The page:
Regaining your voice when words fail you

The ubiquitous ‘I can’t even…’ is convenient for the flabbergasted, but it’s a dodge. Plus, is technology a writer’s enemy or friend?

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Each week, Evan Peterson rounds up stories from across the Web that scribes of all stripes should check out.

If you have nothing to say, at least be creative in how you express that. This is one of jobs of a writer, according to one journalist. Also, what is it like to be plagiarized, and should writers embrace technology?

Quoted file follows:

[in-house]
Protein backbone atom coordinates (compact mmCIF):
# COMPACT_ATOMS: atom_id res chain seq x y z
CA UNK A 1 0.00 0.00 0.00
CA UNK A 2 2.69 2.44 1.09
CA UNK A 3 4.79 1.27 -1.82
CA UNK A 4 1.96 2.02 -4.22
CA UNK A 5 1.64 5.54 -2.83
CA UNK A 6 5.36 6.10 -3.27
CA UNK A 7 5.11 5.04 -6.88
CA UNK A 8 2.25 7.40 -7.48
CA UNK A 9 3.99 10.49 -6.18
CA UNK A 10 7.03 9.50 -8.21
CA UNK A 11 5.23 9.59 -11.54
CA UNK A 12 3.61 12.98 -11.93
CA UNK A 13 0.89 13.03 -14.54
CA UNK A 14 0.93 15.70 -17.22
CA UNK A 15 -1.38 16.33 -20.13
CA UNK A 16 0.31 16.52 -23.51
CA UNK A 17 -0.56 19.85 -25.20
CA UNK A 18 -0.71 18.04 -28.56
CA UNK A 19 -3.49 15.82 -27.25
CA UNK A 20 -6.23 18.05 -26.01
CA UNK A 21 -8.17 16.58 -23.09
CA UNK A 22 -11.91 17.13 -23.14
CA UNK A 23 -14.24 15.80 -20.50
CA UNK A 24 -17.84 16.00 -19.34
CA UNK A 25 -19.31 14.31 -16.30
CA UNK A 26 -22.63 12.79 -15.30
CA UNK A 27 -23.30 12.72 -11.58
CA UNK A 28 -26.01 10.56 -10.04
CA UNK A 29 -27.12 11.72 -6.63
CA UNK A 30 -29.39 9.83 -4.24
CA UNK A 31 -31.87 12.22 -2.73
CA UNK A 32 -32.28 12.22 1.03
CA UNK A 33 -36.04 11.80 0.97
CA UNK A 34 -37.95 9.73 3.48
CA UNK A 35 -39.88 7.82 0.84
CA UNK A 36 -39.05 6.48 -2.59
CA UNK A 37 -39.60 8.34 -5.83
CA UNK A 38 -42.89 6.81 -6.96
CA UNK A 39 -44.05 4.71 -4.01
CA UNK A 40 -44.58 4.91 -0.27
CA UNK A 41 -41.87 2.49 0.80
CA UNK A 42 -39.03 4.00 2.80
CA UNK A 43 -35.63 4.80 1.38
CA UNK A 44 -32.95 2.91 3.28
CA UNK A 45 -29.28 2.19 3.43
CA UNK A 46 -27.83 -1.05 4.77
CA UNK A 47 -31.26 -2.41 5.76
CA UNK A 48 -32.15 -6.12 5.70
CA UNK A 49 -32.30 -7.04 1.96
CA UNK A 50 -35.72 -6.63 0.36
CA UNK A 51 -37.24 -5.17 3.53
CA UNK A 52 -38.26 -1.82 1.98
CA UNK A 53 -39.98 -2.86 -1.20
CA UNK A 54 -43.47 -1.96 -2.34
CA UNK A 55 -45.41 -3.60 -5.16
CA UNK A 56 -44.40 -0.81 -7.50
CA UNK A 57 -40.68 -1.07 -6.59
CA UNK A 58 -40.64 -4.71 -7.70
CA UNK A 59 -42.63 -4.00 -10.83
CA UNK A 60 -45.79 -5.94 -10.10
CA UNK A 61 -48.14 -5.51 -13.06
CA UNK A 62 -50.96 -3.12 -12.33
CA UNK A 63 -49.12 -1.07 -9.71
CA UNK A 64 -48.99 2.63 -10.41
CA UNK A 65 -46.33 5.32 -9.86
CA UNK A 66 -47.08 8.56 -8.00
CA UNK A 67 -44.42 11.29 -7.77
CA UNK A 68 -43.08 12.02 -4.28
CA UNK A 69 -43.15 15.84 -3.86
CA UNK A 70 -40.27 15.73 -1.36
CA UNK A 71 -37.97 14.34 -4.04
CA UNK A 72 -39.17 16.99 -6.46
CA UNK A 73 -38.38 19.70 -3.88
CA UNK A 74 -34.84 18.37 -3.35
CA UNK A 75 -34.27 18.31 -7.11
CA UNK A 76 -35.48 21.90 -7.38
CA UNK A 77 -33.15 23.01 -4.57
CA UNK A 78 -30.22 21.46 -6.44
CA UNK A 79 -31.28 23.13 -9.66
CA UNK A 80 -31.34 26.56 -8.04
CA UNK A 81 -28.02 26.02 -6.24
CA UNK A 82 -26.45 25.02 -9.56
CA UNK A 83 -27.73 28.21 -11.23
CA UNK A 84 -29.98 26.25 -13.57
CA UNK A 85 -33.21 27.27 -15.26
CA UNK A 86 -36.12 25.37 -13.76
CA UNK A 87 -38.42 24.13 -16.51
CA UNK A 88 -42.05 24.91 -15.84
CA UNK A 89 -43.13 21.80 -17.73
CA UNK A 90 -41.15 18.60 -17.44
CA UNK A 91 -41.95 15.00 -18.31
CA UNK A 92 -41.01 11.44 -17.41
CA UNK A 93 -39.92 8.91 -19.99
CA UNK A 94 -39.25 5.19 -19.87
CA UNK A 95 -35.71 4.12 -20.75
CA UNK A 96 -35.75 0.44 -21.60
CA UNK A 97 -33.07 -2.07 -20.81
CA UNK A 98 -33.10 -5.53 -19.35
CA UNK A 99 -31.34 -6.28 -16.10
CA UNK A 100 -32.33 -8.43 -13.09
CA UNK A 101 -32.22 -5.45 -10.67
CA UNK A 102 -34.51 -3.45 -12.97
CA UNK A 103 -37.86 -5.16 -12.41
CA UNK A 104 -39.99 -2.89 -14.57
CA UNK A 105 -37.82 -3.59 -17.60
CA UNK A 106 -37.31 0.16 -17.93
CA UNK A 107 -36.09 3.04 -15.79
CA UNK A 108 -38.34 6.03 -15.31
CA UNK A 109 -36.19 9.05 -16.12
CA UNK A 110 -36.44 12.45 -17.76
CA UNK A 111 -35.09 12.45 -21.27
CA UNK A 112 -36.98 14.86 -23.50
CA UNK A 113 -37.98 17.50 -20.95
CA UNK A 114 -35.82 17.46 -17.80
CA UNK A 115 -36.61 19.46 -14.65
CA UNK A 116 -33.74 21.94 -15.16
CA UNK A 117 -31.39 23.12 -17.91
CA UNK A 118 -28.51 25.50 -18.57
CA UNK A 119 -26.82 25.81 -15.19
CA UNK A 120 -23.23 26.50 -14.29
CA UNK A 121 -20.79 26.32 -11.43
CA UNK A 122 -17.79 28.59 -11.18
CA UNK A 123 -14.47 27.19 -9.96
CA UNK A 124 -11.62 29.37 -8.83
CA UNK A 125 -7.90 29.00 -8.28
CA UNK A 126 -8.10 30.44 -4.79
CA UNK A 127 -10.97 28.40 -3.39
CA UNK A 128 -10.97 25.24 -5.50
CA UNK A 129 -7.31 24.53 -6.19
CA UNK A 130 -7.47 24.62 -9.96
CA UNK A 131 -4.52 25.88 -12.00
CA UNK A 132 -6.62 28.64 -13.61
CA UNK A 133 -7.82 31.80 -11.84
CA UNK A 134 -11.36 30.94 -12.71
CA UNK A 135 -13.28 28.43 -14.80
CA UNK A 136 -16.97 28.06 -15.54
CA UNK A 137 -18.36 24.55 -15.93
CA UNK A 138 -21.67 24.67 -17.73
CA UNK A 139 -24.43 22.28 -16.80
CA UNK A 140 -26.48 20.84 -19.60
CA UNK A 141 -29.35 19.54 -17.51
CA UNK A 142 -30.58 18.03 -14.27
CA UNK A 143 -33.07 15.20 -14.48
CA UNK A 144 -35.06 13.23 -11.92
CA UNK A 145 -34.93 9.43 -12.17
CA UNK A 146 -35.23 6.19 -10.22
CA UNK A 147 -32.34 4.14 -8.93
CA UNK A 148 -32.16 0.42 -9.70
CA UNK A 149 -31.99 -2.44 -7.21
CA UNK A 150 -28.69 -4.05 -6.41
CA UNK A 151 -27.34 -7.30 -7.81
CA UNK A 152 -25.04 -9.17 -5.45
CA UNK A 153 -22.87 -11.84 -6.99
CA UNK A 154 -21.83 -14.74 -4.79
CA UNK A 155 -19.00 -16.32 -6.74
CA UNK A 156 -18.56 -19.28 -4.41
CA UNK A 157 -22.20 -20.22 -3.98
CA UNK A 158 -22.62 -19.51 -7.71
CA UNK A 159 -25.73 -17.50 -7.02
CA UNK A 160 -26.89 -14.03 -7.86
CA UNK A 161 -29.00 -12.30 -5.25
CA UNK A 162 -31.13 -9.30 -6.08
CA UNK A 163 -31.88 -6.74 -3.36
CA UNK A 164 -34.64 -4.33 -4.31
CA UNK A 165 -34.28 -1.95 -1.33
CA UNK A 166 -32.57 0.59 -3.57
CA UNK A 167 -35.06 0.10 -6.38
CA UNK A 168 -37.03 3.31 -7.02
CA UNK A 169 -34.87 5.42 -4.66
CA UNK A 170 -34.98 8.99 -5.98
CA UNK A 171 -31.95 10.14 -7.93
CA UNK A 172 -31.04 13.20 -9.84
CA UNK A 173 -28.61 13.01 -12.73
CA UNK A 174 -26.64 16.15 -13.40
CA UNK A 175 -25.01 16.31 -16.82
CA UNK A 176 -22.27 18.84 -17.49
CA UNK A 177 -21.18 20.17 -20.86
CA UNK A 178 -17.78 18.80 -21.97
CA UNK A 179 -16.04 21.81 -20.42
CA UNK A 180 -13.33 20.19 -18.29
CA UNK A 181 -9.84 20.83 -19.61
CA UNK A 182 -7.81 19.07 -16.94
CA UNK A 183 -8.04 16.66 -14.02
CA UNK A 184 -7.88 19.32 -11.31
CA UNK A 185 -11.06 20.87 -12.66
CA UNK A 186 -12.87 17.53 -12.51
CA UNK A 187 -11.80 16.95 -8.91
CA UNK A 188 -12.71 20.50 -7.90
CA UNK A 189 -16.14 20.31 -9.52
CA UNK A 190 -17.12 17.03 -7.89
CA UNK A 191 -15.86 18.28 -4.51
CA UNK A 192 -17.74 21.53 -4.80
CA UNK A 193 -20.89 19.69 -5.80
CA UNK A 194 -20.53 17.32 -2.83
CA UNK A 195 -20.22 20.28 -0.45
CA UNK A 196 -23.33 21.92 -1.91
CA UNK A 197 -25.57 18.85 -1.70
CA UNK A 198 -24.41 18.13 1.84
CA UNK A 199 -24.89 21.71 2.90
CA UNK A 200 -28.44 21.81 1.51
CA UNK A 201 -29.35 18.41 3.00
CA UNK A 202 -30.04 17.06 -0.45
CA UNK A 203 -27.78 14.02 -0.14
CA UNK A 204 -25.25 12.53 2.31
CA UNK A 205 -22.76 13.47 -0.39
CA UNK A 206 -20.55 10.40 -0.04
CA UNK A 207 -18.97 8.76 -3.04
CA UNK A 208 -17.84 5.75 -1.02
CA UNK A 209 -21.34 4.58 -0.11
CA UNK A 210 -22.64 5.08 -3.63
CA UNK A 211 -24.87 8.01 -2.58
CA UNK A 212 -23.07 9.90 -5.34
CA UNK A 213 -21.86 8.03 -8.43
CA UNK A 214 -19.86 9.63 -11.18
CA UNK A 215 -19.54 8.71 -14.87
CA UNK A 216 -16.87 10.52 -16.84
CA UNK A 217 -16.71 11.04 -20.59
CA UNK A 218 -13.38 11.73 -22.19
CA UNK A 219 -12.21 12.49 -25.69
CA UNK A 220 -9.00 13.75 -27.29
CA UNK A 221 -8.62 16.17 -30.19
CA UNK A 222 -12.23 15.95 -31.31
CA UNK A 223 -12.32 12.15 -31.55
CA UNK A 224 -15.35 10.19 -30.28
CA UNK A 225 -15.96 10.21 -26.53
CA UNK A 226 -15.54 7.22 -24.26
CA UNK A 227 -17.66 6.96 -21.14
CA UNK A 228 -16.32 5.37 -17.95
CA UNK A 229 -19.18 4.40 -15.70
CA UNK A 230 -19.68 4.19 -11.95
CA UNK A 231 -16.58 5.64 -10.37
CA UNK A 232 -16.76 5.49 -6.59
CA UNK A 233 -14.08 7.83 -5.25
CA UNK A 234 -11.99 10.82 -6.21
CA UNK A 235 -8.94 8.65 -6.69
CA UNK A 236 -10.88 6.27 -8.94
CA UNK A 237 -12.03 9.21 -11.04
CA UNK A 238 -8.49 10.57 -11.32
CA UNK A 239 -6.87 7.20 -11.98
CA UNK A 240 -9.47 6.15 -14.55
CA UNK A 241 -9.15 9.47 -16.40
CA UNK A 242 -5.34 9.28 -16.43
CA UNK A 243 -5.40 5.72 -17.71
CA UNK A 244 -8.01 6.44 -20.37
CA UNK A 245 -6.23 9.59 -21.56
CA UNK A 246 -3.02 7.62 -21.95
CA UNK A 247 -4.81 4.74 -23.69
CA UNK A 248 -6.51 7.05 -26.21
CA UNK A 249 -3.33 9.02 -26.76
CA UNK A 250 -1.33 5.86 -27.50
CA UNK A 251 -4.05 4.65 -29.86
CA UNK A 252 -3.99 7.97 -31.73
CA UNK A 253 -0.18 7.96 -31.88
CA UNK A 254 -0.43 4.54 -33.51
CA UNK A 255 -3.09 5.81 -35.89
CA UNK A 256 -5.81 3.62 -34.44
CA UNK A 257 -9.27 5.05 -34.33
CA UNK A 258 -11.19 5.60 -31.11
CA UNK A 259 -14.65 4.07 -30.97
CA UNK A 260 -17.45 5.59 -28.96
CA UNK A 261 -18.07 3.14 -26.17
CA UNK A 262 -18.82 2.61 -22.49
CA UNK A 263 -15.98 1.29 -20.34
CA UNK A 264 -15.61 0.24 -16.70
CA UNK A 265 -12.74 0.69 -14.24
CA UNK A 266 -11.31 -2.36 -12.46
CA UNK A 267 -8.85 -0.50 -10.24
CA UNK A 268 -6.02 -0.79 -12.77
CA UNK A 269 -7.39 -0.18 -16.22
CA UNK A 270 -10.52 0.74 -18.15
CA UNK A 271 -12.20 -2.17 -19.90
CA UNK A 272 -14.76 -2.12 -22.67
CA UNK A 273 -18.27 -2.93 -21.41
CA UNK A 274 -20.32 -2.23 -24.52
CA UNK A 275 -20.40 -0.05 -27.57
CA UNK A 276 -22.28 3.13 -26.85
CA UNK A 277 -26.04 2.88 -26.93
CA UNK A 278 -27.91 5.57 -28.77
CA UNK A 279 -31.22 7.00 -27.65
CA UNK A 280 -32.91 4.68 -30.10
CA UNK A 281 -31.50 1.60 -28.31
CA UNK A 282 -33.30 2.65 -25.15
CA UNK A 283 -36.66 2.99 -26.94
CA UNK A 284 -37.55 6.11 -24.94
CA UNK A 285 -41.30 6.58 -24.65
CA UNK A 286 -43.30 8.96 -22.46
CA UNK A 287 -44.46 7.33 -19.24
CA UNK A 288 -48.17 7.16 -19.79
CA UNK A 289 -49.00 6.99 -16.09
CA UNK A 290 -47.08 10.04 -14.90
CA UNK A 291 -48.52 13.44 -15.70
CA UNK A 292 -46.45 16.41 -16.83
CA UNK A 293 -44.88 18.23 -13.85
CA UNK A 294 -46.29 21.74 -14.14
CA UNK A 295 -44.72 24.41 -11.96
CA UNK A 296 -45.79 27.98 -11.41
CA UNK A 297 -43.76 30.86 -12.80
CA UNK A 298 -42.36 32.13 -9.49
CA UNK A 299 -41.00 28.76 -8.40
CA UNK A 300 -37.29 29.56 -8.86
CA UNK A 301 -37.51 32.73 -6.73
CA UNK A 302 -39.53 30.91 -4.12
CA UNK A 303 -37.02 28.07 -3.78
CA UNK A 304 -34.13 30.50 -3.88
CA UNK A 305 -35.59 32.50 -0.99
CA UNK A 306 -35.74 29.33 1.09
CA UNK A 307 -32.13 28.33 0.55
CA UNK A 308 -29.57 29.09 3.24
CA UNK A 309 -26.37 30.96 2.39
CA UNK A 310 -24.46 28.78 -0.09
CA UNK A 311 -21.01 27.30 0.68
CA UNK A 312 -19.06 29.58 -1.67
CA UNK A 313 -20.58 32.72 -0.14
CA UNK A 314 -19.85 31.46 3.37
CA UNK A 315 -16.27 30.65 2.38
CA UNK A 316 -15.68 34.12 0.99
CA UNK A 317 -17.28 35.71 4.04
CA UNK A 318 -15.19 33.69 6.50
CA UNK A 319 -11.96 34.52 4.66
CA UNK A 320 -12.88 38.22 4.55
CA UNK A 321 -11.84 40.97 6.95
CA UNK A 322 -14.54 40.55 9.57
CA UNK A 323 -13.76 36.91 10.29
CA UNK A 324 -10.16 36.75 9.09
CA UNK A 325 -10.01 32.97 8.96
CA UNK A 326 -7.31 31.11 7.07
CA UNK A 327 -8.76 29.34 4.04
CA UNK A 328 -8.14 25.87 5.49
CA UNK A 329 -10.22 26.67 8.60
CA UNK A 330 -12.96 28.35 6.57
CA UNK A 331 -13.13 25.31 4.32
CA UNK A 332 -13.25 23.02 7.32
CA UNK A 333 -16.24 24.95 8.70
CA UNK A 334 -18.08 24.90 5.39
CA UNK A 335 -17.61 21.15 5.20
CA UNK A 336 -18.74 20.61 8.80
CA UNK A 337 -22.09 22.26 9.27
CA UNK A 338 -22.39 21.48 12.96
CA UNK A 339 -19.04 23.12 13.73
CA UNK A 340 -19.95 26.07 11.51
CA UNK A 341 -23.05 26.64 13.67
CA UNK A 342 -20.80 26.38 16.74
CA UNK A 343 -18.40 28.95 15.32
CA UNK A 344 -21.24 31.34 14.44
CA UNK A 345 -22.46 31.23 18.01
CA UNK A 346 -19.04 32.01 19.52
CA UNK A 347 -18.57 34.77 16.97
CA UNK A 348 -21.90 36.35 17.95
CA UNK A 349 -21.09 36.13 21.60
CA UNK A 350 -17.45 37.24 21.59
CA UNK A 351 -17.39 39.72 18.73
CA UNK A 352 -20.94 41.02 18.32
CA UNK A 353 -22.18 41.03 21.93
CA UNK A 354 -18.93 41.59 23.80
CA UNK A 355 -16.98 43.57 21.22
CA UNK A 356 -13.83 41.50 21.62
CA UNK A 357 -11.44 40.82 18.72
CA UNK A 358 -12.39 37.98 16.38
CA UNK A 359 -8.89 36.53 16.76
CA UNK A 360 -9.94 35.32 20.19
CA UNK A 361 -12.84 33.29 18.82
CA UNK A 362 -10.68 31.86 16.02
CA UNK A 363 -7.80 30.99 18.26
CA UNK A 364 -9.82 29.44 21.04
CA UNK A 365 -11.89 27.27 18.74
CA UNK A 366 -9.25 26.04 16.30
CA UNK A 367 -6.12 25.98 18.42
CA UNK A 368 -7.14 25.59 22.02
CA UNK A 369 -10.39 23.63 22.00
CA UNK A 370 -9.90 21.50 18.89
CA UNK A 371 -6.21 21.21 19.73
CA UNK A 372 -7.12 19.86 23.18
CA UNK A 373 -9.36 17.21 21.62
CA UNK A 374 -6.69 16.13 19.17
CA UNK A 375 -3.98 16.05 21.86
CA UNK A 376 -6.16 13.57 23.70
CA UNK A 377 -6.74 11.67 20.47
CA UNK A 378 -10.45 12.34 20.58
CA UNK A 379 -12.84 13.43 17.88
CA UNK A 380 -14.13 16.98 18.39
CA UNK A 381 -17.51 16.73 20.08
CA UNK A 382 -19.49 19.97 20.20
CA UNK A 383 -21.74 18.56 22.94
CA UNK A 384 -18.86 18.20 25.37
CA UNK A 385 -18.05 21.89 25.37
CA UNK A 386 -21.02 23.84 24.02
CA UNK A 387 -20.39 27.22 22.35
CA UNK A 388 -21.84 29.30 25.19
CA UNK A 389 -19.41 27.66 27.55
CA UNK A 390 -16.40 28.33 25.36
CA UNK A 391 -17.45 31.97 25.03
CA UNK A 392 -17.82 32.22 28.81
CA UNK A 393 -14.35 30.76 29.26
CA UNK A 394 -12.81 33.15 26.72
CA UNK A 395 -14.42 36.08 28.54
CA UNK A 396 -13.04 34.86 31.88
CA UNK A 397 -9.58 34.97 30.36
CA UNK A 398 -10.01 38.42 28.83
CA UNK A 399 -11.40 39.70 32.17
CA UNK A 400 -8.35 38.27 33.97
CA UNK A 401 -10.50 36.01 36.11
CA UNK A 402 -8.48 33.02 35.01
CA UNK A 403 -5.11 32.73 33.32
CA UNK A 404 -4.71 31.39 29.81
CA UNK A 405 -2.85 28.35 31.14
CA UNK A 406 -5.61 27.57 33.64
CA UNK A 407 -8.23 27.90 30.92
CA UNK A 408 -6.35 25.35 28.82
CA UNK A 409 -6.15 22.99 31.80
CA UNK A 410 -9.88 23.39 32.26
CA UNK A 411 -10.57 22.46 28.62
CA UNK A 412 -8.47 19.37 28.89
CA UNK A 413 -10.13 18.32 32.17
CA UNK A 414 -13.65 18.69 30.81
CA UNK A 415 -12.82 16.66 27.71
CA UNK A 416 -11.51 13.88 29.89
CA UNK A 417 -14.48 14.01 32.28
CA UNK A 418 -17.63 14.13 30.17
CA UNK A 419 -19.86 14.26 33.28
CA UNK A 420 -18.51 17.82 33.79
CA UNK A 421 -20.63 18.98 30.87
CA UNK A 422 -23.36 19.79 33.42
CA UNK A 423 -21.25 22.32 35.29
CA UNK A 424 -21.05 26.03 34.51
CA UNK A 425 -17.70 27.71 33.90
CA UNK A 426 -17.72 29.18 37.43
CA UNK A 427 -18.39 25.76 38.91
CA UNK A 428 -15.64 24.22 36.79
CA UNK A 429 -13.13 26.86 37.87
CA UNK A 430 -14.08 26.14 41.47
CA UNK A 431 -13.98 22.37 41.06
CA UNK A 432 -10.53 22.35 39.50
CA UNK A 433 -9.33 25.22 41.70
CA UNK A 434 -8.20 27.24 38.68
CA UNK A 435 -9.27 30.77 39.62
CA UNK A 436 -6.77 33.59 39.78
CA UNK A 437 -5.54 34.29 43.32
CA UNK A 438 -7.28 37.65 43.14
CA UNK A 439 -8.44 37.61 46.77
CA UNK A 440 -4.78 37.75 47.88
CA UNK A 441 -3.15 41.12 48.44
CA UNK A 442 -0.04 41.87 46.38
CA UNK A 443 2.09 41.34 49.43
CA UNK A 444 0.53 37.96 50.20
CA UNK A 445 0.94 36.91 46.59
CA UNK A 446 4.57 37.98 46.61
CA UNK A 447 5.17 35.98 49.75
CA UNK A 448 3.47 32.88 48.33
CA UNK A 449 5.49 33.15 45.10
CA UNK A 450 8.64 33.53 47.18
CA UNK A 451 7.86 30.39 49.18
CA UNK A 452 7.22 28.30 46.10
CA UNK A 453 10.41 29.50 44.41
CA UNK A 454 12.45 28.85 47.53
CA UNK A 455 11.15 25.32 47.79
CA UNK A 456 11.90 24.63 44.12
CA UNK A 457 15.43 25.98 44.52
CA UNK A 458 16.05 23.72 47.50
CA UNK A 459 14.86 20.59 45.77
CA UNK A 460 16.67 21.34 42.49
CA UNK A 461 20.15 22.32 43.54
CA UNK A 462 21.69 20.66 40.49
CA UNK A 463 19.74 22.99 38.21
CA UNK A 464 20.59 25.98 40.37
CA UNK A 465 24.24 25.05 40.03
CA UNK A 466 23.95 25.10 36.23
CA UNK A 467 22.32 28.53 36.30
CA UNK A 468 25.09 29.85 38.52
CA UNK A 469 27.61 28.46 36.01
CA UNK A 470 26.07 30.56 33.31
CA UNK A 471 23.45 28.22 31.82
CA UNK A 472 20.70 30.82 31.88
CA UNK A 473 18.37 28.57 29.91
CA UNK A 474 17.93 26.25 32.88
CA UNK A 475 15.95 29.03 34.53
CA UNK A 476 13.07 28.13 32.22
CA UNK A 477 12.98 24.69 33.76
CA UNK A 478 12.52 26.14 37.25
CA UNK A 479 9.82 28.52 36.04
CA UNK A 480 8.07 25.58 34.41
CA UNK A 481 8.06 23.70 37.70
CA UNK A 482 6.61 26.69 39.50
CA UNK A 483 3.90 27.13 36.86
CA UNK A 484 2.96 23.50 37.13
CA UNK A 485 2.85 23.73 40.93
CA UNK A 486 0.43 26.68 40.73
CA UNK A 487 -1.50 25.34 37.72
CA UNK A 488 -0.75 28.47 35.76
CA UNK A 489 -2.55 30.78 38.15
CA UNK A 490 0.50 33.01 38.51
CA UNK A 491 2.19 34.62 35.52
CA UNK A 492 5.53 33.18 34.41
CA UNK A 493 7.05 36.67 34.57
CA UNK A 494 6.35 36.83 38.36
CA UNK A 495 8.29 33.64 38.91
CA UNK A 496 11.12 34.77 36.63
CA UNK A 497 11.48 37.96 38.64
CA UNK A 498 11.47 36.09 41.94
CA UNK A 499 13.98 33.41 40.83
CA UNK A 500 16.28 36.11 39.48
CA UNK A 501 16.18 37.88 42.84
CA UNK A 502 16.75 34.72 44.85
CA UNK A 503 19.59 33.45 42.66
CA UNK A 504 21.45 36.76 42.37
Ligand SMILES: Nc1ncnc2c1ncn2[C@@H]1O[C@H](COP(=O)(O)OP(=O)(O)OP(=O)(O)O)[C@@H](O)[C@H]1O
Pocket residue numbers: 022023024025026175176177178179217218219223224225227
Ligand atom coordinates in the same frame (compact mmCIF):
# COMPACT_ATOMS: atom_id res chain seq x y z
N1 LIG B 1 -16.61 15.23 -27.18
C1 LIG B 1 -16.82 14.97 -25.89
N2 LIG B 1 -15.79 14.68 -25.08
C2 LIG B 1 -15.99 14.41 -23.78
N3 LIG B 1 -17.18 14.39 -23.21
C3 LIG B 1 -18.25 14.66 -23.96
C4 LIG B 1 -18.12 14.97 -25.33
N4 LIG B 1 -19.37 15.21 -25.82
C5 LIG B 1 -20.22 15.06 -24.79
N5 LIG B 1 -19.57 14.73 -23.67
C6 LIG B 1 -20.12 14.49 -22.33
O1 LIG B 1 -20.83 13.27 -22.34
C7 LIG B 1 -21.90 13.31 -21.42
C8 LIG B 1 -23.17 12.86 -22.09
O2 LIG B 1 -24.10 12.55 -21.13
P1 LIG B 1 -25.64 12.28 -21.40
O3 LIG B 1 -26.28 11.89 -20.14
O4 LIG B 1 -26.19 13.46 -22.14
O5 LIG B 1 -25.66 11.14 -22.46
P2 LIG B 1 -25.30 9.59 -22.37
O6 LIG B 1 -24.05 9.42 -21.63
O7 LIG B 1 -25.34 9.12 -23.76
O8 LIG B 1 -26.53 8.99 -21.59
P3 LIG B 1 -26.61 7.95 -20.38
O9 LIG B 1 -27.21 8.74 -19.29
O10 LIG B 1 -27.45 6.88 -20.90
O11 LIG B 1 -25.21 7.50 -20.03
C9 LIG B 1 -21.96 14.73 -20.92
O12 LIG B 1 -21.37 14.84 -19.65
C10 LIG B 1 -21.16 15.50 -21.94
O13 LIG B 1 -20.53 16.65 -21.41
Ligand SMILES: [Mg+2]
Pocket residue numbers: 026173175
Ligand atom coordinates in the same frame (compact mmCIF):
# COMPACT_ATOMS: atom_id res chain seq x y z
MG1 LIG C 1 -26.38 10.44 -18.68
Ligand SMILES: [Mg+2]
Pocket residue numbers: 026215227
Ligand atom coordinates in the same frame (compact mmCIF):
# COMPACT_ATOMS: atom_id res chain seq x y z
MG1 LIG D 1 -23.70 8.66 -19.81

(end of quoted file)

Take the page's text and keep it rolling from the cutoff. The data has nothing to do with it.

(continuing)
Describing the indescribable: “I can’t even” is something people say when words escape them. It might be due to a lack of vocabulary, or the result of genuine shock.

In texting, Twitter, or conversation, there may not be time to think of something better. But the phrase itself isn’t the problem. It’s that “I can’t even” is the only one we use to express the same idea. (“I can’t even” is a 21st-century phenomenon as t he Google N-Gram shows ).

Writing that words escape you or that you can’t describe something isn’t bad, and it’s not admitting defeat, but there exists endless flexibility in how you express this.

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